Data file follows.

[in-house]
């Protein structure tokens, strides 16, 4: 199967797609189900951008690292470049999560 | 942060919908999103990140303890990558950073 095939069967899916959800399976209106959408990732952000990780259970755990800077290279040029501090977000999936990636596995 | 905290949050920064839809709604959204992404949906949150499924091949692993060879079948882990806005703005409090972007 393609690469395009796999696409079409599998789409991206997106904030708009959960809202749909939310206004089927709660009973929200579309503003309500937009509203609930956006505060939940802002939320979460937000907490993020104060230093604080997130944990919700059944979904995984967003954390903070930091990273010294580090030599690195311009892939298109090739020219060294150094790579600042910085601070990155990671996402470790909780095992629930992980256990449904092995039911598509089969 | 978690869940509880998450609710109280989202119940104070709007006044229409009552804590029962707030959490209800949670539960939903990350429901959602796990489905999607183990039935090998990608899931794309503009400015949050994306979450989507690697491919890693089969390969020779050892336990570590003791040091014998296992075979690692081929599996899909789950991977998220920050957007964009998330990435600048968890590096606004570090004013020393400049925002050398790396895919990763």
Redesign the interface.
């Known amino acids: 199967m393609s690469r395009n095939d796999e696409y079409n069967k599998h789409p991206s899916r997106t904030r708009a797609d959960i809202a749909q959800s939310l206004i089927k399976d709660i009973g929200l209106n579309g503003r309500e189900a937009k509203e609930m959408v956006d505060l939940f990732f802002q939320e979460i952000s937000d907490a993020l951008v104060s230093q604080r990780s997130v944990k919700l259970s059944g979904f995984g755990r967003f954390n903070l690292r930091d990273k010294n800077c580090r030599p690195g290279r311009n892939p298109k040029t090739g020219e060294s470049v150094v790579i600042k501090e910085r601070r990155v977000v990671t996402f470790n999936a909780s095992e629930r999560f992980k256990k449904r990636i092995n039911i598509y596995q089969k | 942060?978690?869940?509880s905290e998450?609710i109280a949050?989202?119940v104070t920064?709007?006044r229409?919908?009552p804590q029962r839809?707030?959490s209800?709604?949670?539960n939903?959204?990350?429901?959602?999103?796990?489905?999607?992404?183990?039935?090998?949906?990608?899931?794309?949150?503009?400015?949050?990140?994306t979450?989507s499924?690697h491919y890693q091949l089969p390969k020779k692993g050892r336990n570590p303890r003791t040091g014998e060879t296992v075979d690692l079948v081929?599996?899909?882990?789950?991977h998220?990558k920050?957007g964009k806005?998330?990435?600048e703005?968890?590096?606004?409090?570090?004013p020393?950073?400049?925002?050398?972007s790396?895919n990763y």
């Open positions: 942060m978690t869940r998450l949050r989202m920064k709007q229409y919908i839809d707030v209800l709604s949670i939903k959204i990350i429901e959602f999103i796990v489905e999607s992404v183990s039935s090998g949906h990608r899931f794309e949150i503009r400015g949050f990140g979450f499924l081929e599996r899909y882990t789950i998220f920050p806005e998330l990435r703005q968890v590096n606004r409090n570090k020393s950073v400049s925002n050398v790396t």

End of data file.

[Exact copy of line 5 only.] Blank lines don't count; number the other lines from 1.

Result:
């Open positions: 942060m978690t869940r998450l949050r989202m920064k709007q229409y919908i839809d707030v209800l709604s949670i939903k959204i990350i429901e959602f999103i796990v489905e999607s992404v183990s039935s090998g949906h990608r899931f794309e949150i503009r400015g949050f990140g979450f499924l081929e599996r899909y882990t789950i998220f920050p806005e998330l990435r703005q968890v590096n606004r409090n570090k020393s950073v400049s925002n050398v790396t």